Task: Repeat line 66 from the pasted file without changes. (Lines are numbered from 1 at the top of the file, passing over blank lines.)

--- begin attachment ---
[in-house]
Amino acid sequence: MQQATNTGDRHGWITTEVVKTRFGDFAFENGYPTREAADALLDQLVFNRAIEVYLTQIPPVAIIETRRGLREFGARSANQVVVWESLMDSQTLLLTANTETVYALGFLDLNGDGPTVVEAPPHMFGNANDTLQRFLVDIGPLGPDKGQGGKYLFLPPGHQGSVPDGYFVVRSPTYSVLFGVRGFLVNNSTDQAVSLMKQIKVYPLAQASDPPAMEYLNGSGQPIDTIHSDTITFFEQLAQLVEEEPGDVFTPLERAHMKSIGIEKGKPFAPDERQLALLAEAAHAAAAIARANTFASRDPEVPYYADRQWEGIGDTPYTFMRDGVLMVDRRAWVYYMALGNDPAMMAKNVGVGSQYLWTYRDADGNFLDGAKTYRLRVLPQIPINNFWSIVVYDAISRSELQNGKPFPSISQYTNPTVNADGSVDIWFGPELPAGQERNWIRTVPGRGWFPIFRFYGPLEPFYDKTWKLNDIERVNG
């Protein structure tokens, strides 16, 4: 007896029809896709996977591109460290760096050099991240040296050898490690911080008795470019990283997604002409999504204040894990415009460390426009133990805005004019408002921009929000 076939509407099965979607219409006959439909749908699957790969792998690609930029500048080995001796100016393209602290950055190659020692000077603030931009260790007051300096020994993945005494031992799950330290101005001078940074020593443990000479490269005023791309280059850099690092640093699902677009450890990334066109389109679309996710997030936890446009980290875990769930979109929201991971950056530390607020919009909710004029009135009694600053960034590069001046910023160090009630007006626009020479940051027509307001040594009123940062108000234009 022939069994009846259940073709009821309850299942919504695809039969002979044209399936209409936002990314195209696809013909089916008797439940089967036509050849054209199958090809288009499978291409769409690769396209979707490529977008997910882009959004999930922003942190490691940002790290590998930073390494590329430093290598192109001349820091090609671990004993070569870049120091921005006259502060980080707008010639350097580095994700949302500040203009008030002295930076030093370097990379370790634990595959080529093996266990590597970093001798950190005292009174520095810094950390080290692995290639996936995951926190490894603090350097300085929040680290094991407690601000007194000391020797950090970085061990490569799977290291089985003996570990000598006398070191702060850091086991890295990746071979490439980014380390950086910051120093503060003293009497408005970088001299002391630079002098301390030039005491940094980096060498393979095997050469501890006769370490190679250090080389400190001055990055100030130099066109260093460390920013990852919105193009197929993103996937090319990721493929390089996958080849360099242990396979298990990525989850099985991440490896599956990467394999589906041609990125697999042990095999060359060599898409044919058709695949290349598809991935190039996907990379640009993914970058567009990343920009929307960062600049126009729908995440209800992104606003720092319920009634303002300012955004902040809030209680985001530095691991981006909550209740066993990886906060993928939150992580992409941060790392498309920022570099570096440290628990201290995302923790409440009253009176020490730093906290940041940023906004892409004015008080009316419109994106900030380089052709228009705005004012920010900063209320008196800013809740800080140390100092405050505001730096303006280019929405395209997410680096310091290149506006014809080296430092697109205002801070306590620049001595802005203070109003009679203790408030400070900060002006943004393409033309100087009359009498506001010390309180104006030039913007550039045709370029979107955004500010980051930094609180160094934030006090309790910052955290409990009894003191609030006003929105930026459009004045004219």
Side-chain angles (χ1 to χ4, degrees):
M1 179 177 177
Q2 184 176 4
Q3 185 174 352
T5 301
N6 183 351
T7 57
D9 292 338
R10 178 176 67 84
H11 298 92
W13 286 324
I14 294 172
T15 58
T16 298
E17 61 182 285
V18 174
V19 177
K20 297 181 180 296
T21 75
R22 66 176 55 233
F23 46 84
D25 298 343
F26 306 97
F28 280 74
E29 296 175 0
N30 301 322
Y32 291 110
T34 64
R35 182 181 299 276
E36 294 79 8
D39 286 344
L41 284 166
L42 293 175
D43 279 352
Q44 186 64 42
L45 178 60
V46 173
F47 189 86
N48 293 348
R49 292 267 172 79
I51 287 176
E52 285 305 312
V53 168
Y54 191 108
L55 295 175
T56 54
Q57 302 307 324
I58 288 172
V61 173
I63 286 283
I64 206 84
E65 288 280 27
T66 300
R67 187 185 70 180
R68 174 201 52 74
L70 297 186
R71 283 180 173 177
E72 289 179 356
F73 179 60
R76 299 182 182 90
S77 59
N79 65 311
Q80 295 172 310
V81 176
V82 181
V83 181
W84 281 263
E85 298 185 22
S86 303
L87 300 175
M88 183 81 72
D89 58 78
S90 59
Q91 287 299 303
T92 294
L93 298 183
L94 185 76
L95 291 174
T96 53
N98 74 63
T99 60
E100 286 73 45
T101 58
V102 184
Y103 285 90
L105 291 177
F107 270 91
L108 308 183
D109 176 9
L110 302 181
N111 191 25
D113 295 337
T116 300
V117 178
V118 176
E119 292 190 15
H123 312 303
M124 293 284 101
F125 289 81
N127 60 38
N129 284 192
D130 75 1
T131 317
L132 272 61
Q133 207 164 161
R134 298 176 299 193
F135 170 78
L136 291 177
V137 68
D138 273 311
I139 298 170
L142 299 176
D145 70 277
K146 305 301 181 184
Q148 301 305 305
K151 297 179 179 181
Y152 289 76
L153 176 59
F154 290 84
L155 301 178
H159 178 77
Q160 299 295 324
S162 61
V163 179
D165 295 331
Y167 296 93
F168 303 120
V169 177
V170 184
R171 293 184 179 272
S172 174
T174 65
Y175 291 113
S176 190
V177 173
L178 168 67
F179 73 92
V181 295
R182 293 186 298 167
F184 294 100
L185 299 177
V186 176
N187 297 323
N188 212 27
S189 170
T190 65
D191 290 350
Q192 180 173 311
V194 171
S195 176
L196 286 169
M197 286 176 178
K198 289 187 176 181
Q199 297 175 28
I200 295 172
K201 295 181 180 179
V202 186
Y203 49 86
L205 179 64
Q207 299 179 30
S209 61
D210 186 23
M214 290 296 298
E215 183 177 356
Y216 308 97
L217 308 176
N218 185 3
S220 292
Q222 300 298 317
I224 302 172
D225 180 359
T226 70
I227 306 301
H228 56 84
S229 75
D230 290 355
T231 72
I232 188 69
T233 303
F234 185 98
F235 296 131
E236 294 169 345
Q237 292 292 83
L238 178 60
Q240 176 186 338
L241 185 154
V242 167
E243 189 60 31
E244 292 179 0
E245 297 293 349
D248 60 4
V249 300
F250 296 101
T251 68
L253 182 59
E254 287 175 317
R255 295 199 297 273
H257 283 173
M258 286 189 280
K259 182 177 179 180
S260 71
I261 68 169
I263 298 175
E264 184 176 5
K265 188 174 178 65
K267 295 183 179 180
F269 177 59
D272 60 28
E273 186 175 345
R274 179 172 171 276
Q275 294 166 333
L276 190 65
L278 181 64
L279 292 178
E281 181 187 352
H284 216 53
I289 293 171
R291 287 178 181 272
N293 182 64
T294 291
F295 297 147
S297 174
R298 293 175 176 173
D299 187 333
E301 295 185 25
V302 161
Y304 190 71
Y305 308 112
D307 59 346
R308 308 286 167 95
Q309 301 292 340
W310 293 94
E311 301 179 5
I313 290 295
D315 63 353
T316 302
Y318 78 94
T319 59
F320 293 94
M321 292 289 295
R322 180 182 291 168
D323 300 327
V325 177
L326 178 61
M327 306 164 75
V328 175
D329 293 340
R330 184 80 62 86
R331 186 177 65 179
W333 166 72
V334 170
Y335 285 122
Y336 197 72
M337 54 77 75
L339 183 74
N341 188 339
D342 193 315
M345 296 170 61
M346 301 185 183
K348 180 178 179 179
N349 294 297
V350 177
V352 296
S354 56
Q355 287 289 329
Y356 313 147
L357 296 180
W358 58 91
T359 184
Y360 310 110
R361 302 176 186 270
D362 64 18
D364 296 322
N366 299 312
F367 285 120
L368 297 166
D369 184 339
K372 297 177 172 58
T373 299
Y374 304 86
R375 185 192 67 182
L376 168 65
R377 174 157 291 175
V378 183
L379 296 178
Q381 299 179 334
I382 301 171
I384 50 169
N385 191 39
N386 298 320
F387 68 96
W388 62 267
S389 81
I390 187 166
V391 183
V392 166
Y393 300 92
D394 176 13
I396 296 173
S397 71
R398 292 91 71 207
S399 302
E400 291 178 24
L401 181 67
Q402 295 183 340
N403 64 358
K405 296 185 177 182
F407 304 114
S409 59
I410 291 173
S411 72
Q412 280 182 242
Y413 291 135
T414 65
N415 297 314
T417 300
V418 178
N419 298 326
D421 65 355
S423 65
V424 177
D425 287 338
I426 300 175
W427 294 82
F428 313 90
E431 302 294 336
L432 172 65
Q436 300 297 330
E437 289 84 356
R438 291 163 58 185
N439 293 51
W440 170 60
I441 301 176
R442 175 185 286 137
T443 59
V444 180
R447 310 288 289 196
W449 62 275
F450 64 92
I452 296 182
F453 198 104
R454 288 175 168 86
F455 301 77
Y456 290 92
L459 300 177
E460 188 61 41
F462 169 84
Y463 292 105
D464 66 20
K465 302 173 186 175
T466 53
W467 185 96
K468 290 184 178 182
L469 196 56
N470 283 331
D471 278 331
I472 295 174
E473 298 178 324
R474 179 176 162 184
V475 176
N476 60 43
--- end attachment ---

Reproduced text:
Q80 295 172 310